Summary: It’s no secret that the U.S. economy has undergone major changes in the past decade. With the housing bubble burst and the resulting recession, the roles of banking and commercial finance attorneys have changed to meet the new demands of the present market. For more information about working as a banking and commercial finance attorney, read the article below.
In recent years, banks have undergone major changes—both small and large banks have merged with national banks and other financial institutions. You’ve probably noticed your local banking branches swapping out their signs as they come under new ownership. Banks have also begun to offer the sale of insurance and securities, as opposed to strictly offering financial services.
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Enter banking attorneys. This group of lawyers provides legal services to the financial services industry. They may represent lenders, borrowers, or other players in commercial activities and acquisitions. As an illustration, consider a fashion company. It may need working capital to finance a new line of women’s clothing. Therefore, the lender, borrower, and others involved would need attorneys to represent their respective interests. These deals can be very complex: they may include national or even international interests, and often include both unsecured and secured creditors. Banking attorneys are also needed in refinancings, debt-based acquisitions, recapitalizations, and tender offer financings, which involve offers for the purchase of the stock of a company to acquire control of that company. These attorneys also assist in restructuring of troubled financings (“workouts”), bankruptcy buyouts (including the sale or purchase of assets or loans), and assisting debtors and lenders with problematic acquisitions.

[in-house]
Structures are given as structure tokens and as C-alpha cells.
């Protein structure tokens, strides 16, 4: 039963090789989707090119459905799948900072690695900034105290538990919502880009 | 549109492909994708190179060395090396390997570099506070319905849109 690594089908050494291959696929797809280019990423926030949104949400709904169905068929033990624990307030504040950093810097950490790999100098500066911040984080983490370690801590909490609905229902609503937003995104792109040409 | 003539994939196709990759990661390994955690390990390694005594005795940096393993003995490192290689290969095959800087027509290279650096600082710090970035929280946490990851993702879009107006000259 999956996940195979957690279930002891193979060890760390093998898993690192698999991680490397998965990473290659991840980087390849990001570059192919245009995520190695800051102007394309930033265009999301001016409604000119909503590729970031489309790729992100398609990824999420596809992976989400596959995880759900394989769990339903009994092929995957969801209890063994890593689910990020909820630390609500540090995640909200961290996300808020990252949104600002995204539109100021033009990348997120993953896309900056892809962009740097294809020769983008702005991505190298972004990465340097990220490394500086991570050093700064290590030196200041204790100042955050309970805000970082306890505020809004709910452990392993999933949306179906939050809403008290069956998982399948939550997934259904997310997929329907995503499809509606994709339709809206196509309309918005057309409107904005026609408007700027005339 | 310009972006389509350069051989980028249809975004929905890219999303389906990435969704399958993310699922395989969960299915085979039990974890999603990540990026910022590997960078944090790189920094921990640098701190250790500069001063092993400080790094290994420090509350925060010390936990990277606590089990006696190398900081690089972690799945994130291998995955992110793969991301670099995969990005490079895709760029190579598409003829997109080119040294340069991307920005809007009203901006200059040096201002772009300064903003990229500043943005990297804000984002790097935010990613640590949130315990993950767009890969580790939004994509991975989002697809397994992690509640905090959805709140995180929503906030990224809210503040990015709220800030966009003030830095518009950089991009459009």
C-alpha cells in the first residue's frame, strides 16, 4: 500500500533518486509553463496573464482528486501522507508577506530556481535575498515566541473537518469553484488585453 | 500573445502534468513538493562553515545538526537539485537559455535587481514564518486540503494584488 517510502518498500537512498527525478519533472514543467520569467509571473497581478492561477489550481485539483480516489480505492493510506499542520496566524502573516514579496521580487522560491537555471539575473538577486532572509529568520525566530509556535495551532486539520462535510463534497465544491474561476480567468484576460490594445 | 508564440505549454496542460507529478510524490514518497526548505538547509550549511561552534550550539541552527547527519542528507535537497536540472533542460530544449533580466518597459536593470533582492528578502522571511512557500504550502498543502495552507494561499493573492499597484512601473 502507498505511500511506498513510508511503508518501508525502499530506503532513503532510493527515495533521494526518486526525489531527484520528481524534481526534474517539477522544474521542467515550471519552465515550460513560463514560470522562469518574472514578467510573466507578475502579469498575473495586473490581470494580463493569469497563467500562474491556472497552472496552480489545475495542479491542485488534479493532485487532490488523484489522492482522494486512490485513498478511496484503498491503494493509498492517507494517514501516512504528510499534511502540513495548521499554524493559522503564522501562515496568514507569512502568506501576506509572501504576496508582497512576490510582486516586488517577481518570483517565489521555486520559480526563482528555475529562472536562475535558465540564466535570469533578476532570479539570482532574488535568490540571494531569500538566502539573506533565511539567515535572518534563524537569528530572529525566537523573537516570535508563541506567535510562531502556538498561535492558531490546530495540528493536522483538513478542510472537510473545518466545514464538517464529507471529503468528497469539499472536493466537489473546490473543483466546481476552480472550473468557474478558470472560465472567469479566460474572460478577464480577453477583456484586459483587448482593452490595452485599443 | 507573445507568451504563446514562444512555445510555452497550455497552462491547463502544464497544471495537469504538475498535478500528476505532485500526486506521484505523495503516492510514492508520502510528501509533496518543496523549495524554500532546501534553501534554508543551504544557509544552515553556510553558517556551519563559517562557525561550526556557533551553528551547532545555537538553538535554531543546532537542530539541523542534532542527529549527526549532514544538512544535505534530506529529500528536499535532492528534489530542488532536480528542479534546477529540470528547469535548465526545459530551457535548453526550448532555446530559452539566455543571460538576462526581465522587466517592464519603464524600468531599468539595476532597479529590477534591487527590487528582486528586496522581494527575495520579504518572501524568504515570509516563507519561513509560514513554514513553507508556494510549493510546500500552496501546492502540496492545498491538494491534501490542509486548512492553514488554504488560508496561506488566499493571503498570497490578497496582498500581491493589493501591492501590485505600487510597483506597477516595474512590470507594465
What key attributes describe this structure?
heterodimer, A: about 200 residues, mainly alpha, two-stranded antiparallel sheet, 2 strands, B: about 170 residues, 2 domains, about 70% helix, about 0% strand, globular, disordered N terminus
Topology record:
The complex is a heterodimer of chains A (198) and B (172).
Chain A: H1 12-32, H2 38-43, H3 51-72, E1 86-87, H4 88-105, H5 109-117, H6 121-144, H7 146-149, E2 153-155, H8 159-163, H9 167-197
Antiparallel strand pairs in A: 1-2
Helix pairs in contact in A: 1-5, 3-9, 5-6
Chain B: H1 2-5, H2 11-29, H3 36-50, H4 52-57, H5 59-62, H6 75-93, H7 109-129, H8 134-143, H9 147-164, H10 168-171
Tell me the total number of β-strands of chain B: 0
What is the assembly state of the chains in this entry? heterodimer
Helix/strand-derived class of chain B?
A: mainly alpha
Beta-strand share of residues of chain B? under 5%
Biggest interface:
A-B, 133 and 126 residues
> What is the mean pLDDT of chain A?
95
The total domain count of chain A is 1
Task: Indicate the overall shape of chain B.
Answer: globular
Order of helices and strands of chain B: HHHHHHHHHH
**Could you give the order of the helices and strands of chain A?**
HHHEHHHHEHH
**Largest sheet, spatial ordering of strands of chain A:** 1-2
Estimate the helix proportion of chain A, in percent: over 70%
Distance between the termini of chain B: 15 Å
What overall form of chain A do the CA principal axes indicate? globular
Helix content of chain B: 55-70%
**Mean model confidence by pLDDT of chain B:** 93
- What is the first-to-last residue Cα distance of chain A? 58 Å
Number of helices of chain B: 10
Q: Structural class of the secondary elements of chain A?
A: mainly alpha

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Where do these attorneys work? The obvious answer is that some attorneys work in banks and financial institutions as in-house counsel. These attorneys may also work in law firms and serve as outside counsel to these entities. In these roles, the attorneys must be aware of the regulatory requirements of their institutions. These attorneys may assist with a wide array of issues, such as employment concerns, litigation strategies, business matters, purchasing issues, and tax liabilities. Some attorneys work as trust officers. Other positions include working for state and federal regulation agencies, such as the Federal Reserve Bank. Banking attorneys serve many different types of clients. Tina Taguchi works in banking and commercial lending at Davis Polk & Wardwell in New York City. She works with financial institutions such as JPMorgan, banks like Chase, and lenders, including Donaldson Lufkin & Jenrett. She also represents borrowers. Her practice is mainly transactional work.
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Lisa Meyers is a banking attorney at Farris, Warfield & Kanady in Nashville. Her clients are mostly loan officers with large financial institutions who want advice on deals and transactions. She prepares and sends documents, makes any necessary revisions, and then prepares closing documents to close the deal.